Human norovirus is classified into two groups, group 1& group 2. Norwalk virus is the species which belongs to group 1 and was discovered in 1968 at Ohio. Norovirus is a familiar virus which causes human gastroenteritis with the following symptoms vomiting, diarrhea and sickness. CDC report revealed that there are 19-21 million Americans infected by Nororvirus annually with 800 deaths, 1 in 15 people with infection. Around the world, this virus affects about 267 million people and causes over 200,000 deaths each year; these losses are mostly in less developed countries and in the very young, elderly and immuno-suppressed population, though, most cases are self-limited with a full recovery within just a few days. Norovirus is extremely contagious and can spread from human to human through infected food, water or contaminated surfaces. The outbreaks usually occur from November-April, while the peak is in January. Norovirus is a positive sense RNA virus with 7.5 kb nucleotides, encoding a major structural protein VP1 with 50-55kDa. The full length of VP1 capsid comprises the internal N-terminal, Hinge, shell (S) and protruding (P) domains. P domain from 225 to 520 forms P1- P2-P1 structure. Moreover, P domain has a receptor binding region which recognizes human histo-blood group antigens (HBGAs). P domain expressed in bacteria can spontaneously form a P dime as well as a P particle aggregated by 12 P dimmers. P particle displays an increased binding activity to HBGAs higher than virus-like particle (VLP) formed by the full-length capsid. For norovirus vaccine development, we consider P domain as a good candidate.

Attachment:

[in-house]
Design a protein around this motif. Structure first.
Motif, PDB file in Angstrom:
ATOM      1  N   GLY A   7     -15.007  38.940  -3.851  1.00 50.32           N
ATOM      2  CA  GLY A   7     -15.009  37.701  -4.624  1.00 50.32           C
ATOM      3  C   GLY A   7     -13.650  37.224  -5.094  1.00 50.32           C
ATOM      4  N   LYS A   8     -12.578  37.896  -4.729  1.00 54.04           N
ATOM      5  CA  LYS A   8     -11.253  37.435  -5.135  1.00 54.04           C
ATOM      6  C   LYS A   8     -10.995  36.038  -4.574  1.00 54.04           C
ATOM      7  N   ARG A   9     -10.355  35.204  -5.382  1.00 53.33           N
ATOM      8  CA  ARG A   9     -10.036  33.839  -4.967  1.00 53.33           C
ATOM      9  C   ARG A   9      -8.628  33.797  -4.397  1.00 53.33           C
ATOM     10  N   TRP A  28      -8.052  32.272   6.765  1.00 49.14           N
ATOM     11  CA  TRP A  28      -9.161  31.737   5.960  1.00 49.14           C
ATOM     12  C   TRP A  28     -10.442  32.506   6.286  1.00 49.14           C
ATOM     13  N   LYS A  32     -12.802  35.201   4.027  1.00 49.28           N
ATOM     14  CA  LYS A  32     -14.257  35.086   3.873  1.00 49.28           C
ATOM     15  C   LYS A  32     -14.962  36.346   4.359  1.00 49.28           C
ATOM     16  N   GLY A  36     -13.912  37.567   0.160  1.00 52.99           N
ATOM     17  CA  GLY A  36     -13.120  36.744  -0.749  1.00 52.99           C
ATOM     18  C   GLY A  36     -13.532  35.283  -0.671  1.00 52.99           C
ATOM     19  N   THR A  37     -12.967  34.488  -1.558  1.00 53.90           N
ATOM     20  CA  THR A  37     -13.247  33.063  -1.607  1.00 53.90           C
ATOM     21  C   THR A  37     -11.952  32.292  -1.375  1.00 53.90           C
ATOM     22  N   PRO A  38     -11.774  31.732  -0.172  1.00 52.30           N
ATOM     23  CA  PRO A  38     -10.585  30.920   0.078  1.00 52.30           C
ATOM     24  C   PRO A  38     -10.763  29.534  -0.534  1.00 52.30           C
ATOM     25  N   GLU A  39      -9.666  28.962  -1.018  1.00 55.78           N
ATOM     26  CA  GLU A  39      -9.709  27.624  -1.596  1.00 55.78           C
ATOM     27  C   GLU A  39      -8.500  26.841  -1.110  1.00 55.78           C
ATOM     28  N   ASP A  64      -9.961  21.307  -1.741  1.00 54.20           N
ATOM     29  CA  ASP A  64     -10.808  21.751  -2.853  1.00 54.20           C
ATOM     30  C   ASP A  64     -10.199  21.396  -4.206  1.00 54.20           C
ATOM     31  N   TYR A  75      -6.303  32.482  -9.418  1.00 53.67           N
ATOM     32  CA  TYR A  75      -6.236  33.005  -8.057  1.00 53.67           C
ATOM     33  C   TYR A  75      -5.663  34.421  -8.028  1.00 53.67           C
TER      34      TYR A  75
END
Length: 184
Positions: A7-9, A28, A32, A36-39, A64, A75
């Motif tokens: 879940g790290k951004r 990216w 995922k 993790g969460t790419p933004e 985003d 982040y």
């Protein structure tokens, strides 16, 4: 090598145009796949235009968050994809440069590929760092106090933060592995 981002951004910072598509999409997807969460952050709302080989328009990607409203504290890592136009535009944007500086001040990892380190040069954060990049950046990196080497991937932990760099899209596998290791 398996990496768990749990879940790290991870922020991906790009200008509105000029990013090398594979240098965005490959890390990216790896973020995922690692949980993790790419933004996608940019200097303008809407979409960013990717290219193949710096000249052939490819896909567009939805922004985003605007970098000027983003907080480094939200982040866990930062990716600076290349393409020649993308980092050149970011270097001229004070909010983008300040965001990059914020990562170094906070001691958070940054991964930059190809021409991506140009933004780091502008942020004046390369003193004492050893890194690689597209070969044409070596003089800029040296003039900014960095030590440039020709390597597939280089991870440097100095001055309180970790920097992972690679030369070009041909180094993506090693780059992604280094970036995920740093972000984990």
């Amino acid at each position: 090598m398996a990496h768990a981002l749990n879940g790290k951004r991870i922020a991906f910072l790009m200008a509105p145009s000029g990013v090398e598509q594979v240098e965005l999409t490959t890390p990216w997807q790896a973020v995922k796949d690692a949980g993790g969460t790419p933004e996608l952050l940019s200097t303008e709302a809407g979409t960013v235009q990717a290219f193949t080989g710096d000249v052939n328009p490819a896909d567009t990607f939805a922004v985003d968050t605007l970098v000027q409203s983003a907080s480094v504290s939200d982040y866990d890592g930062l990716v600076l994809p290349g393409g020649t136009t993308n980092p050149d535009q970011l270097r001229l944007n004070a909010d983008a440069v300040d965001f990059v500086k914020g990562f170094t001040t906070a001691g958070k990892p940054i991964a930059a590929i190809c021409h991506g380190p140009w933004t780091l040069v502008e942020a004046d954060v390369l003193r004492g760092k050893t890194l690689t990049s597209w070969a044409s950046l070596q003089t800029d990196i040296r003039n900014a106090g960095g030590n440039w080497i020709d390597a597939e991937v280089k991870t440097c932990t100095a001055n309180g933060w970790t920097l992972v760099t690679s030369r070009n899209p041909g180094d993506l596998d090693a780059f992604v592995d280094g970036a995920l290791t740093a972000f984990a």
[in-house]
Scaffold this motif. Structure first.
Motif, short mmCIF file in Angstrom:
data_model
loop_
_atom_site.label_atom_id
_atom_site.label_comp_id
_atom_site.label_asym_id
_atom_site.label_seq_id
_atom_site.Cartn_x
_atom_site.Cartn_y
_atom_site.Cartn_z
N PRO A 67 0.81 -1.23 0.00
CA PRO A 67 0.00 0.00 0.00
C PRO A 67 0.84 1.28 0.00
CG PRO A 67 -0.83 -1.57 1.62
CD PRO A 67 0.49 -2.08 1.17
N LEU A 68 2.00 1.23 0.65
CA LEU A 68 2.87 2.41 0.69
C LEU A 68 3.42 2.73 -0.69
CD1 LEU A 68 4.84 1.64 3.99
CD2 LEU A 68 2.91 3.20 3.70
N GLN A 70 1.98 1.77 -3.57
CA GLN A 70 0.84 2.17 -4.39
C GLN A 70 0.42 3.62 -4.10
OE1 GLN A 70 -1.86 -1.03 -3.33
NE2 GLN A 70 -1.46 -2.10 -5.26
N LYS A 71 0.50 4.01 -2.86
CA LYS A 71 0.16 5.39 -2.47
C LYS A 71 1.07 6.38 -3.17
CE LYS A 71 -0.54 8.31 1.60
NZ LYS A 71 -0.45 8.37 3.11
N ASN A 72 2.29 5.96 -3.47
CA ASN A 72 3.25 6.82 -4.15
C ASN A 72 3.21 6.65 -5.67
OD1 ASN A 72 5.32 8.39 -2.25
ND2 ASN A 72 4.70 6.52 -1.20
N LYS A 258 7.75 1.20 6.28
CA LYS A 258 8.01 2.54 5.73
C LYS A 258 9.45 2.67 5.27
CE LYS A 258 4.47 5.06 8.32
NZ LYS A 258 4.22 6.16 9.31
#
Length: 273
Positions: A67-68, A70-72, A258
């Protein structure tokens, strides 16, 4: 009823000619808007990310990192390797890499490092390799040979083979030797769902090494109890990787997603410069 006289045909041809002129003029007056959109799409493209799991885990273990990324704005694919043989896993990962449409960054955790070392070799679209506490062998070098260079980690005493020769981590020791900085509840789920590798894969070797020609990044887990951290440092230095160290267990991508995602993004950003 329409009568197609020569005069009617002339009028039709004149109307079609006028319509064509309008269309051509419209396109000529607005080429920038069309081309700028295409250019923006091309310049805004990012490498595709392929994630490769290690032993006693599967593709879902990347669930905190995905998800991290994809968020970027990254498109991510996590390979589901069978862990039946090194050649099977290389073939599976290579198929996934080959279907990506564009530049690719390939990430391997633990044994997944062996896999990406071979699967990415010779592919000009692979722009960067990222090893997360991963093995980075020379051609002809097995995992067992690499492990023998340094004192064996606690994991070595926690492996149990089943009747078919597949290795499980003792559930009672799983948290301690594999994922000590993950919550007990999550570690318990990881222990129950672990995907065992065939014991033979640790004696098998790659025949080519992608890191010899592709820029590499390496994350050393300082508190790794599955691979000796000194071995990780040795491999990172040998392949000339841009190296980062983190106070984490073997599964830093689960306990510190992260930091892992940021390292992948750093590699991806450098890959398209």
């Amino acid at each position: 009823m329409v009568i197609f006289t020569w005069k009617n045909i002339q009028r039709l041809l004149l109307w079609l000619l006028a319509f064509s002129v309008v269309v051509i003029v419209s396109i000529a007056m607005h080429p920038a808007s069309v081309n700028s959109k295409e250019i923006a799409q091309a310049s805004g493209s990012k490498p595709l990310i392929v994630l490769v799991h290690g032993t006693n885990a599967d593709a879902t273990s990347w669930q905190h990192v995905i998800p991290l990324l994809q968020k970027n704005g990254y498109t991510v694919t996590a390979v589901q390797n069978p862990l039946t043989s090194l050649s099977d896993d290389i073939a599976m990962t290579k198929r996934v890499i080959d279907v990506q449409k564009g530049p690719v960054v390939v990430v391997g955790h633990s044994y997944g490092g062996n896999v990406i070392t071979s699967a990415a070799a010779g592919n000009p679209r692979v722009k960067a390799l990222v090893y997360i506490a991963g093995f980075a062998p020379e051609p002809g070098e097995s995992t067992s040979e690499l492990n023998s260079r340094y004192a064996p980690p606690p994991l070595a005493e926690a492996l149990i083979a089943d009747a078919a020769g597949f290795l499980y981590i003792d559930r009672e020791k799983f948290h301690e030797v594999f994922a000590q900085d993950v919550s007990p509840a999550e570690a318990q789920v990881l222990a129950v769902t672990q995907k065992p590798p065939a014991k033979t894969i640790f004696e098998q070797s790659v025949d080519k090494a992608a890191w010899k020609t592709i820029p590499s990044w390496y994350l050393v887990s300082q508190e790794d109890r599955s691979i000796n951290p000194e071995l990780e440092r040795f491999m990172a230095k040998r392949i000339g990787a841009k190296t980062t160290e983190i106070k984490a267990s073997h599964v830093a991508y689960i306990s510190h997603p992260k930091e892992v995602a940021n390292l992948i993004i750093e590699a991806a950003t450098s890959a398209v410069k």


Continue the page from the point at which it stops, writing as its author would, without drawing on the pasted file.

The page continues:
The Recombinant Norovirus Group-2 Capsid, E.Coli derived, is a positive sense RNA virus with 7.5kb nucleotides, encoding a major structural protein VP1 with 58~60kDa. The Recombinant Norovirus has two groups, group 1 and group 2. Group 2 recombinant capsid was derived from the full length capsid 53 to 548Aa.
PBS & 25Mm K2CO3
Protein is 95% pure as determined by 10% PAGE (coomassie staining).